“This inappropriate emotional reaction is exactly the same thing that happens whenever your appetites or cravings kick in at a moment you would prefer that they remain less active.  Your ‘go’ system isn’t designed merely for fight or flight; it’s also designed to take charge whenever a quick, reflexive, survival behavior might suit you.  For example, you smell fresh donuts as you walk by the company cafeteria, and an urge from within whispers, ‘Eat now before it’s too late.’”

You Can Learn Self-Management

We can learn to switch modes more effectively, so that we can be calm, cool, and collected, even in stressful scenarios.  It’s a learnable skill.

In In Influencer: The Power to Change Anything, the authors write:

“Sometimes we switch into the wrong version of our two operating systems, and this change causes us huge problems.  That’s why in spite of the fact that we’re committed to a vital behavior, we often crumble at stressful moments.  If only we could learn to wrestle control away from the amygdala when it’s kicking in hard at the wrong time.  Then perhaps we could be ruled by reason, and not let passion take charge.  The good news is that this powerful self-management skill is learnable.  And if you want to equip yourself or others to survive the tide of opposing emotions, this skill is pivotal.”

Distract Yourself with Other Activities

One way to practice self-management and learn delayed gratification is to distract yourself with other activities or invent your own diversions.

In In Influencer: The Power to Change Anything, the authors write:

“In his original experiments, Mischel had observed that children who were able to delay gratification were better at distracting themselves from thinking about either the short- or the long-term reward.  Delayers managed their emotions by distracting themselves with other activities.  They avoided looking at the marshmallows by covering their eyes, turning their chairs away, or resting their heads on their arms.  Some even created their own diversions by talking to themselves, singing, and investing games with their hands and feet.”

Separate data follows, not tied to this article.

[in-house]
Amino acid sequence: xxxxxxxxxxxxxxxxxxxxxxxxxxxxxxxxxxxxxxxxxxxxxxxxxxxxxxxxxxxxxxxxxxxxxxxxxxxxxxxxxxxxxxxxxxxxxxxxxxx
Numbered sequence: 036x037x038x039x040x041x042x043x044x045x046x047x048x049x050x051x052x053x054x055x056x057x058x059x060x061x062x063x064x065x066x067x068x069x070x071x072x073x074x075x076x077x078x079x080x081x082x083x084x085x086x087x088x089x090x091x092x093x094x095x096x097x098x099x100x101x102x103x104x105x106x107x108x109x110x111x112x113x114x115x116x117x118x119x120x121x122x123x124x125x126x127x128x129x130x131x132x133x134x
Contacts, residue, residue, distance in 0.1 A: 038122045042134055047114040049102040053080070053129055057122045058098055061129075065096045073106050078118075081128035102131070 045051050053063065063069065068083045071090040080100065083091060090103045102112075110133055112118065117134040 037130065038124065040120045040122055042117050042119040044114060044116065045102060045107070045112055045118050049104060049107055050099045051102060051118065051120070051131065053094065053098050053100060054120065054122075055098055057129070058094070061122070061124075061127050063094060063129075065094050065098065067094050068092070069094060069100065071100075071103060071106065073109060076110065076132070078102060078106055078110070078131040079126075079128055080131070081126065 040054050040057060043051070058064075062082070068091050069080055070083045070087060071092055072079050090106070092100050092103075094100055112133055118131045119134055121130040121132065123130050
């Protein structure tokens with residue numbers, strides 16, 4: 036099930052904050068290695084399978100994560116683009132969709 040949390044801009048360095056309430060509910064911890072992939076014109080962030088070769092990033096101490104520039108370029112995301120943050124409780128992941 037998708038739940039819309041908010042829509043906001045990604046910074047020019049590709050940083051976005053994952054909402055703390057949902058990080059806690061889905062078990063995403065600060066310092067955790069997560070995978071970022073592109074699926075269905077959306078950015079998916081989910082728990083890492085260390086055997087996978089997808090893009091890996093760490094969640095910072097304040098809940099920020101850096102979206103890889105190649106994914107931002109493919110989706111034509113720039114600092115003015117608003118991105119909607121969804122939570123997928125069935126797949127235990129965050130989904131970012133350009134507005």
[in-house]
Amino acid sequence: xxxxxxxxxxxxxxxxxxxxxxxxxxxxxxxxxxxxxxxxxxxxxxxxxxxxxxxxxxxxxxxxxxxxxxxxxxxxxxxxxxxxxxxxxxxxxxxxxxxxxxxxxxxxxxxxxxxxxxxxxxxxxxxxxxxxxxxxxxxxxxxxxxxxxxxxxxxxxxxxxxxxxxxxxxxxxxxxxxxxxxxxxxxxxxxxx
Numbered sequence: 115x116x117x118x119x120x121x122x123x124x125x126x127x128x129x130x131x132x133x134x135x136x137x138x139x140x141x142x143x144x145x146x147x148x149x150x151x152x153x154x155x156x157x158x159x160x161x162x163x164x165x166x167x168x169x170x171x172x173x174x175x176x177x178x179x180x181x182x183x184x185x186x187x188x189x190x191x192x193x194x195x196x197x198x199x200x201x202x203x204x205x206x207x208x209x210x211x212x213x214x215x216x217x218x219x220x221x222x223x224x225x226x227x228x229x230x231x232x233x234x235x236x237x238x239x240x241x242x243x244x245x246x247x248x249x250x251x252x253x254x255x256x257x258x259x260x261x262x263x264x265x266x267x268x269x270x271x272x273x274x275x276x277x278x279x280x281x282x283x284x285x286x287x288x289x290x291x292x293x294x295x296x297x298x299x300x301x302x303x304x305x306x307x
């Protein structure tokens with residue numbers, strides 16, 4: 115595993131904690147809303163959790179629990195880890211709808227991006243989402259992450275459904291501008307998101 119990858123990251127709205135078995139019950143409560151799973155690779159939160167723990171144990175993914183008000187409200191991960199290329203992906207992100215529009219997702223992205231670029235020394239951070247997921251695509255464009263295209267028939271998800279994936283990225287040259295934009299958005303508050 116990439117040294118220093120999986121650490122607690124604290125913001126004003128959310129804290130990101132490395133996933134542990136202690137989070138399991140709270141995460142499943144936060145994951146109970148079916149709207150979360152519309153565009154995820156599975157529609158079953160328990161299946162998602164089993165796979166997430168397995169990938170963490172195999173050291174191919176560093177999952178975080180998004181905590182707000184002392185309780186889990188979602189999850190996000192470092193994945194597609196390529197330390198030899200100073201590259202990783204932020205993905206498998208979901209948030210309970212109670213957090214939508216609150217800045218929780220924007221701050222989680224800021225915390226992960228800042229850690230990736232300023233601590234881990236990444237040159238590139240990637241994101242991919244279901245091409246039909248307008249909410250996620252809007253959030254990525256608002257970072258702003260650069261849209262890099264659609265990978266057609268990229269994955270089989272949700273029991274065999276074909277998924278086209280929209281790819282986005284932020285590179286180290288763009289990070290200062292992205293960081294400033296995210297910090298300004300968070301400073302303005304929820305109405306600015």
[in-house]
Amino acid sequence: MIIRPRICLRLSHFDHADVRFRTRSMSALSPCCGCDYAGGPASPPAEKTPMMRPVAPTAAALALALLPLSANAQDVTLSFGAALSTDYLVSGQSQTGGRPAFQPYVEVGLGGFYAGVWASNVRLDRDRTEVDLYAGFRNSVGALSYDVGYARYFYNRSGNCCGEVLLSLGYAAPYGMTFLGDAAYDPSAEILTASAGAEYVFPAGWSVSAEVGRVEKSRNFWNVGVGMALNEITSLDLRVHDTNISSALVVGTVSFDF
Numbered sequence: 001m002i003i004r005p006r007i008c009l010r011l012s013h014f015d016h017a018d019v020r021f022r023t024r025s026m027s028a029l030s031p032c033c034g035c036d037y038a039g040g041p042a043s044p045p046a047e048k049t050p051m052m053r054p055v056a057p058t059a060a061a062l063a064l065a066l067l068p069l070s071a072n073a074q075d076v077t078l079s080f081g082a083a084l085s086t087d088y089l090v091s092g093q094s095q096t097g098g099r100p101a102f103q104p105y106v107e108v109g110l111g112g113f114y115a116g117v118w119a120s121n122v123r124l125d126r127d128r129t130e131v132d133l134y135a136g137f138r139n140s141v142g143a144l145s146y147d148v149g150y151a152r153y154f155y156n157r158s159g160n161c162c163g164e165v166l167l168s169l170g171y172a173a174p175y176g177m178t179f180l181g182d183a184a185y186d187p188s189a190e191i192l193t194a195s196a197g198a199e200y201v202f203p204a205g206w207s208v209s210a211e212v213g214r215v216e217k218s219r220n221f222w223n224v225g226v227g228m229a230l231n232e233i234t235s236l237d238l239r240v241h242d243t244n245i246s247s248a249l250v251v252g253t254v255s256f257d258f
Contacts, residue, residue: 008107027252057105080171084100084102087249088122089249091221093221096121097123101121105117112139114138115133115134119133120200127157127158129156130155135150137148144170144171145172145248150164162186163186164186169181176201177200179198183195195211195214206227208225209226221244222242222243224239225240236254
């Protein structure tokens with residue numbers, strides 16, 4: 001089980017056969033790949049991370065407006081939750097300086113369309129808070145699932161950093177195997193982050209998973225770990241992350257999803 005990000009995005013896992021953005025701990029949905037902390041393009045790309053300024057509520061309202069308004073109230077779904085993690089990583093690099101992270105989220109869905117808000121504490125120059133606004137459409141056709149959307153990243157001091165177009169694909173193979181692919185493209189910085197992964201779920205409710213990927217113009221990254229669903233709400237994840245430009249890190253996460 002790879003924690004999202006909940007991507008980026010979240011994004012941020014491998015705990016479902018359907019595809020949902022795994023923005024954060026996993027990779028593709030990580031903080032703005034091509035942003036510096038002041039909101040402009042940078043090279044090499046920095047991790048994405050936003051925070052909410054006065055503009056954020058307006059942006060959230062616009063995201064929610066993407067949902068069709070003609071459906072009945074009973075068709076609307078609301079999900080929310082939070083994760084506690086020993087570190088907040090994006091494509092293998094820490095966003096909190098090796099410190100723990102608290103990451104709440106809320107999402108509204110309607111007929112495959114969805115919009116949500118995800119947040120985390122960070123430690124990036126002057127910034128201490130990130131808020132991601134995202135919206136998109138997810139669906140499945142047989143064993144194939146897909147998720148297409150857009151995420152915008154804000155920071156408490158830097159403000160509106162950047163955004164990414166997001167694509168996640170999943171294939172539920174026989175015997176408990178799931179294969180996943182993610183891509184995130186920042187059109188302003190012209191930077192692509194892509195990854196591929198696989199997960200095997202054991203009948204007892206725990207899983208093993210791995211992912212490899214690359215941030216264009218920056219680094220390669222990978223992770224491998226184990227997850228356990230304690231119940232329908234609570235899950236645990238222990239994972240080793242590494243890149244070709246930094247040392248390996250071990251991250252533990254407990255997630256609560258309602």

Focus on the Tasks, Not the Rewards

Focus on the journey, not the destination.

In In Influencer: The Power to Change Anything, the authors write:

“When Mischel taught other children the same tactics – and thus helped them take their minds off the rewards and place them on something else – subjects routinely increased their ability to delay gratification.  In similar studies where subjects were given specific tasks that would help them earn their long-term rewards, subjects who focused on the tasks as opposed to the reward the most often were the least persistent.  Researchers also found the distracting individuals by having them focus on the cost of failure, or thinking bad thoughts, did not enhance delay.”

Sucking It Up Doesn’t Work

Throwing will power not only doesn’t work — It can backfire.

In In Influencer: The Power to Change Anything, the authors write:

“Finally, asking subjects to employ ‘willpower’ by directing their attention to tasks that were difficult, aversive, or boring didn’t work.  Despite the fact most people are convinced that individuals who show poor self-control merely need to exert a stronger will – demanding that subjects dig down, suck it up, or show strength of character – research found the opposite.  Telling people to hunker down didn’t improve performance.”

Transform the Difficult Into the Easy

The ultimate recipe for sustainable success for the long-haul is to turn those bitter pills into better pills that we actually enjoy to swallow.

In In Influencer: The Power to Change Anything, the authors write:

“The far better strategy was to transform the difficult into the easy, the aversive into the pleasant, and the boring into the interesting. … Suffice it to say that when industrial engineers began to find ways to help employees and others make their tasks easier and more pleasant, leaders learned that they didn’t have to continually harangue people to stick to their unpleasant or boring tasks.  And when leaders began to learn how to measure and focus on short-term goals, it took the pressure off having to continually motivate people into hanging on until the end.”

To put this into practice, try one thing that you know you should do more of, and ask yourself how can you make it easy, make it pleasant, and make it fun?

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Image by Amy Thibodeau.


  1. Does this book discuss other means of practicing self-management and learning delayed gratification, such as the distraction technique?

    • Yes, actually.

      The authors do a great job turning insight into action, and science into results.